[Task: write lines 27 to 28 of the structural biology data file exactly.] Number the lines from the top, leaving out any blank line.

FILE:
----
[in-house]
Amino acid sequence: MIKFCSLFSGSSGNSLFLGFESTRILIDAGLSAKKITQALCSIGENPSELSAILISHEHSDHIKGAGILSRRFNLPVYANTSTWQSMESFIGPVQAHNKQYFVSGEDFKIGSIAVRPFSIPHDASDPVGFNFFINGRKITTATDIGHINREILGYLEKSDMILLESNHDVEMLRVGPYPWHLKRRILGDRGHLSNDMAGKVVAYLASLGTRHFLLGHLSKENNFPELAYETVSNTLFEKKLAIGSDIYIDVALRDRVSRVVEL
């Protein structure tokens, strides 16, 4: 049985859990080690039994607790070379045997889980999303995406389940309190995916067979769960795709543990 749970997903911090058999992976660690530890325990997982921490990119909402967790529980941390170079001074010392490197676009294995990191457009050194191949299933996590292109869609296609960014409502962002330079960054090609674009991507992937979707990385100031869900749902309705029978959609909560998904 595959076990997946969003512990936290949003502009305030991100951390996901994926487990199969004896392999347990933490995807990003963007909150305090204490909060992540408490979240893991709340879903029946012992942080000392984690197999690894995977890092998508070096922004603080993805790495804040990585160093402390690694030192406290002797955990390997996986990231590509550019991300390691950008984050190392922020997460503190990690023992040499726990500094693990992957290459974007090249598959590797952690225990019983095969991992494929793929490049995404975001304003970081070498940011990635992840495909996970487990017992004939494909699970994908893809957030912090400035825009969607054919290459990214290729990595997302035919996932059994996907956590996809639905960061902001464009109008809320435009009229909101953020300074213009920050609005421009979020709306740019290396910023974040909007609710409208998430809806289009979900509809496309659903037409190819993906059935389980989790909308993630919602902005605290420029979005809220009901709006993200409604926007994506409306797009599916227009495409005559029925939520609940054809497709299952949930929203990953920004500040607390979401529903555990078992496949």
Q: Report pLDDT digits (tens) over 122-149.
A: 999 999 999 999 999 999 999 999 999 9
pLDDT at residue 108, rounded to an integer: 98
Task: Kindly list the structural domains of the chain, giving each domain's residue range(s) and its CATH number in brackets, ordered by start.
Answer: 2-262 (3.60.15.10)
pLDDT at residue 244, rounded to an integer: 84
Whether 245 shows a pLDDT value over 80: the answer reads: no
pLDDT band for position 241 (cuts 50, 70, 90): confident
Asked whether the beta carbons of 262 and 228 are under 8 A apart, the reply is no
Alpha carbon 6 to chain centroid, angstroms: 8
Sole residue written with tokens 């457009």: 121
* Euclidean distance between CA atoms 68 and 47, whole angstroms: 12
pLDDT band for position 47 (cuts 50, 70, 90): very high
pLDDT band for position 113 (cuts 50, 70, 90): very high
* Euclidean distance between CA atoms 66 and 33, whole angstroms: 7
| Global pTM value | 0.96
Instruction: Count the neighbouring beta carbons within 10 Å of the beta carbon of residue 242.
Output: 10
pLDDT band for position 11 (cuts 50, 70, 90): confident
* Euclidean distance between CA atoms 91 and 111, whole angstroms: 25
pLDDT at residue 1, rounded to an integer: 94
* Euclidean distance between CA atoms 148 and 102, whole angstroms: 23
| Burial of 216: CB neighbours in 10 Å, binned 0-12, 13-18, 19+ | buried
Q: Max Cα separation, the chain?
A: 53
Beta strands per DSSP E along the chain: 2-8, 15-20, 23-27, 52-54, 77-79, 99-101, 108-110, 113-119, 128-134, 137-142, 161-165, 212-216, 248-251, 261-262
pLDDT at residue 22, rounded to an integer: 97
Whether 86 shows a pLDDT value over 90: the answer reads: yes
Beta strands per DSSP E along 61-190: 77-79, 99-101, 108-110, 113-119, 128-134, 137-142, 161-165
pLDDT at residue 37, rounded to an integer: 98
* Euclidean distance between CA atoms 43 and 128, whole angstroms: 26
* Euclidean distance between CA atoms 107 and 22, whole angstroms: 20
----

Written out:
Q: Max Cα separation, the chain?
A: 53